In 1972, in a desperate bid to preserve the eastern barred bandicoot from extinction, researchers established a captive breeding population from wild caught individuals. Just nineteen of these bandicoots successfully passed on their genetic material to create a future generation. Now Phillip Island Nature Parks’ researchers are working to establish a wild population to bring the bandicoots back from extinction.

  • Types of biodiversity, including genetic, species and ecosystem diversity
  • Conservation categories including genetic diversity, populations and species, and their use in conservation planning
  • Threats to biodiversity, including habitat modification and destruction, competition from exotic species
  • Assessment of threat in determining conservation categories
  • Methods of protecting environments and managing populations.

Duration: 1 hour

Location: Classroom, Camp or the Penguin Parade

Need more information or would like to make a booking enquiry? Contact us or call: +61 3 5951 2802

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Protecting the Hooded Plover – Unit 4, AOS 2

talk hoodie

Less than 600 hooded plovers remain in Victoria today, with 48 individuals calling Phillip Island home.  Rangers, researchers and dedicated volunteers work together to raise public awareness and reduce active threats. Students will learn about the hooded plover, its habitat, and strategies that are currently employed. Students will have access to the resources and data generated by the Phillip Island Nature parks, enabling them to examine problems and assess the effectiveness of strategies.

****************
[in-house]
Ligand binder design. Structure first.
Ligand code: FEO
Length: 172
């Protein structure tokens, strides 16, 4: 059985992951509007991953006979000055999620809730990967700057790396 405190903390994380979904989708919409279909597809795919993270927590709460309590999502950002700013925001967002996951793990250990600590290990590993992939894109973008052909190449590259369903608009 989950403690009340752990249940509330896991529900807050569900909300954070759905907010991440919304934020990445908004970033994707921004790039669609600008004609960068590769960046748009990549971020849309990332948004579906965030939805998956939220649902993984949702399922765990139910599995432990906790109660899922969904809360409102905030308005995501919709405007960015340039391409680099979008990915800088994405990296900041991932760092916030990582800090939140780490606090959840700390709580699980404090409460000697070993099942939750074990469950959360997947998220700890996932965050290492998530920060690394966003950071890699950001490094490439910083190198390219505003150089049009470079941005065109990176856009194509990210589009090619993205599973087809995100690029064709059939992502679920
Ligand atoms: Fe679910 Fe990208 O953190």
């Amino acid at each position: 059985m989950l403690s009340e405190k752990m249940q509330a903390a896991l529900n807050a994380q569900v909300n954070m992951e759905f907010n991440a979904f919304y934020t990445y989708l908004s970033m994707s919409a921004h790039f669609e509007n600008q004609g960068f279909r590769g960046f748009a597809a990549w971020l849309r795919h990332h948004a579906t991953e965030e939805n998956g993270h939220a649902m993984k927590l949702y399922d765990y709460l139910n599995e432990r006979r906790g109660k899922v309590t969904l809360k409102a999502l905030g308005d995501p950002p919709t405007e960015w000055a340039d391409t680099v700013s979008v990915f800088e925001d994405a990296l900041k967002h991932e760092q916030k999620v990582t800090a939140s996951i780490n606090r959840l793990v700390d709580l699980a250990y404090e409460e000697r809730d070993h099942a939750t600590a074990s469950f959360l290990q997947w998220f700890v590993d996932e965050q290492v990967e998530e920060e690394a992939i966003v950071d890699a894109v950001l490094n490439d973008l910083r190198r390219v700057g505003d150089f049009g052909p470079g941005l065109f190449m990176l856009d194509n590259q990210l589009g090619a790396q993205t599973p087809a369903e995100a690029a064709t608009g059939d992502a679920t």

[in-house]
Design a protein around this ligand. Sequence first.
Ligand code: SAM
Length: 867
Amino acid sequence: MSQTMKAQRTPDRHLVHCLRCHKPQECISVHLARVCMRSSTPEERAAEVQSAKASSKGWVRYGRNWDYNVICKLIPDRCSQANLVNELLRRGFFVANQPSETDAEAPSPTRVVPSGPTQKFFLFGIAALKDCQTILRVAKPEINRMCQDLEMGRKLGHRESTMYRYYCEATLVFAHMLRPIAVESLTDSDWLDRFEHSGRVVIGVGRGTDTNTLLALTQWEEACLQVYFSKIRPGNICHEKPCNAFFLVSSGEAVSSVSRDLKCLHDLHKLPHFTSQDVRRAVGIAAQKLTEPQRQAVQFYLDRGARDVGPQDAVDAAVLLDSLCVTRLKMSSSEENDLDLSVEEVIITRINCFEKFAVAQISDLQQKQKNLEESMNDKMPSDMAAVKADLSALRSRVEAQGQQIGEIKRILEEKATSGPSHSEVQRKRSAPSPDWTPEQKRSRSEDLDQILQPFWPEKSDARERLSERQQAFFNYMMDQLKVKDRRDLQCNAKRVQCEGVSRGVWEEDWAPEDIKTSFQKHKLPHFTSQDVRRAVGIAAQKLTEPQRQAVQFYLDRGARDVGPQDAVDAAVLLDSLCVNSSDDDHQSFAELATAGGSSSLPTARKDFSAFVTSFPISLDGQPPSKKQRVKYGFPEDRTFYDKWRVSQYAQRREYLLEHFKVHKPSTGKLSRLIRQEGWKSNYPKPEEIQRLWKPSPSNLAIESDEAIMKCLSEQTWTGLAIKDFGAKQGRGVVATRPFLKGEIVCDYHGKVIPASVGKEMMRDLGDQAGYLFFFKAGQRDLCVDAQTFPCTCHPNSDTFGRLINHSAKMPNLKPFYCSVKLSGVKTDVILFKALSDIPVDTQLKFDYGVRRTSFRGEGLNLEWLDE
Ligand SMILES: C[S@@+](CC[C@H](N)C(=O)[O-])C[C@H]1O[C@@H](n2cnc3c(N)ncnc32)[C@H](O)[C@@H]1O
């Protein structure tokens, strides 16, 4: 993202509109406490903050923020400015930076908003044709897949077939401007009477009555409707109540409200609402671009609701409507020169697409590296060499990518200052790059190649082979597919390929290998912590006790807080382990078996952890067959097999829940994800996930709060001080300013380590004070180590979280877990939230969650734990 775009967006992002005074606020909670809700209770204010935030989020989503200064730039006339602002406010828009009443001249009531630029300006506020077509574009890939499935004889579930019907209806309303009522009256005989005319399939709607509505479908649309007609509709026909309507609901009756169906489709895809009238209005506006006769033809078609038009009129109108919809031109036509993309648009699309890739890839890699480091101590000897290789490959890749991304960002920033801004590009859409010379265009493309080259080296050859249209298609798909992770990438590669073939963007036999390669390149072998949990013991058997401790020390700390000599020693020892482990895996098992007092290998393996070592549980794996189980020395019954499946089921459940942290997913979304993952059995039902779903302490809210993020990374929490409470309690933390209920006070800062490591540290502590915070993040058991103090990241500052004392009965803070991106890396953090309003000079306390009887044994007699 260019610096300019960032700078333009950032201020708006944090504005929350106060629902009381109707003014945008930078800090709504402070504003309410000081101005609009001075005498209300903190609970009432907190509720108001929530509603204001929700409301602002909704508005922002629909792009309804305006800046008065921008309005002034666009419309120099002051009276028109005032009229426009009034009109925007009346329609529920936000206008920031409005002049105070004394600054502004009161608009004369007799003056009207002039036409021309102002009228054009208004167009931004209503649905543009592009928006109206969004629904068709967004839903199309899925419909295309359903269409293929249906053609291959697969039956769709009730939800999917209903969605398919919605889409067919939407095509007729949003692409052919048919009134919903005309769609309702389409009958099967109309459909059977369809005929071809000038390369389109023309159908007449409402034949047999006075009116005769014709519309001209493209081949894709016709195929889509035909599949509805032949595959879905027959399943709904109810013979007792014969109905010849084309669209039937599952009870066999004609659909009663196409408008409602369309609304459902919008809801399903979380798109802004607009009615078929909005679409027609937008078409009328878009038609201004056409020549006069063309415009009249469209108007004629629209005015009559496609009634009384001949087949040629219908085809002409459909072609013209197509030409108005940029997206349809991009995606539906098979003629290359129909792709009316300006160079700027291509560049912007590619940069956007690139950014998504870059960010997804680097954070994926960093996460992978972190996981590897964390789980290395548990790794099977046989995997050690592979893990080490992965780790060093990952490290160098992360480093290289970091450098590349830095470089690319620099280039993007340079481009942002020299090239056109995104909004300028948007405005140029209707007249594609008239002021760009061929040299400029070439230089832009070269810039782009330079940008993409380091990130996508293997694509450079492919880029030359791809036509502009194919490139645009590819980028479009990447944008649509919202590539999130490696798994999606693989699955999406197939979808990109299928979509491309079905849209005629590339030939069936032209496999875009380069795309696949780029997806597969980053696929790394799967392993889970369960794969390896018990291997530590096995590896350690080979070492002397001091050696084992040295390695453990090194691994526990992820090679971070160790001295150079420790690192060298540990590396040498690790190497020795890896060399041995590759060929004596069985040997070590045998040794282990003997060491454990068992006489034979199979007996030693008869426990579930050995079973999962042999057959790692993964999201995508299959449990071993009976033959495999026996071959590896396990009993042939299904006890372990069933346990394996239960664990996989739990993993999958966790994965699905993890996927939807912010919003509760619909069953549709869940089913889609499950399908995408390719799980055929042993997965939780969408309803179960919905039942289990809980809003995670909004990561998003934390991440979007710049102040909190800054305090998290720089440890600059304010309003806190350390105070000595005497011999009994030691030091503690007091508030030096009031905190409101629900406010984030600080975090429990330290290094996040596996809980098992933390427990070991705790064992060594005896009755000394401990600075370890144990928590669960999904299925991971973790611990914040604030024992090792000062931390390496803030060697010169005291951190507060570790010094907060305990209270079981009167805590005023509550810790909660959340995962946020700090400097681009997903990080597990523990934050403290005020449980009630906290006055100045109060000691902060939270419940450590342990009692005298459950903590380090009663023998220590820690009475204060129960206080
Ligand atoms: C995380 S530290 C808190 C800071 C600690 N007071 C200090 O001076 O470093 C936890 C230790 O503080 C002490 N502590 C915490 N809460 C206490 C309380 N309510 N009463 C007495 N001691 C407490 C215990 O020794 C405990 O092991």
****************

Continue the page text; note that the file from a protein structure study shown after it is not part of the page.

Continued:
• Types of biodiversity, including genetic, species and ecosystem diversity
  • Conservation categories including genetic diversity, populations and species, and their use in conservation planning
  • Threats to biodiversity, including habitat modification and destruction, competition from exotic species
  • Assessment of threat in determining conservation categories
  • Methods of protecting environments and managing populations.

Duration: 1½ hours

Location: The Penguin Parade

Need more information or would like to make a booking enquiry? Contact us or call: +61 3 5951 2802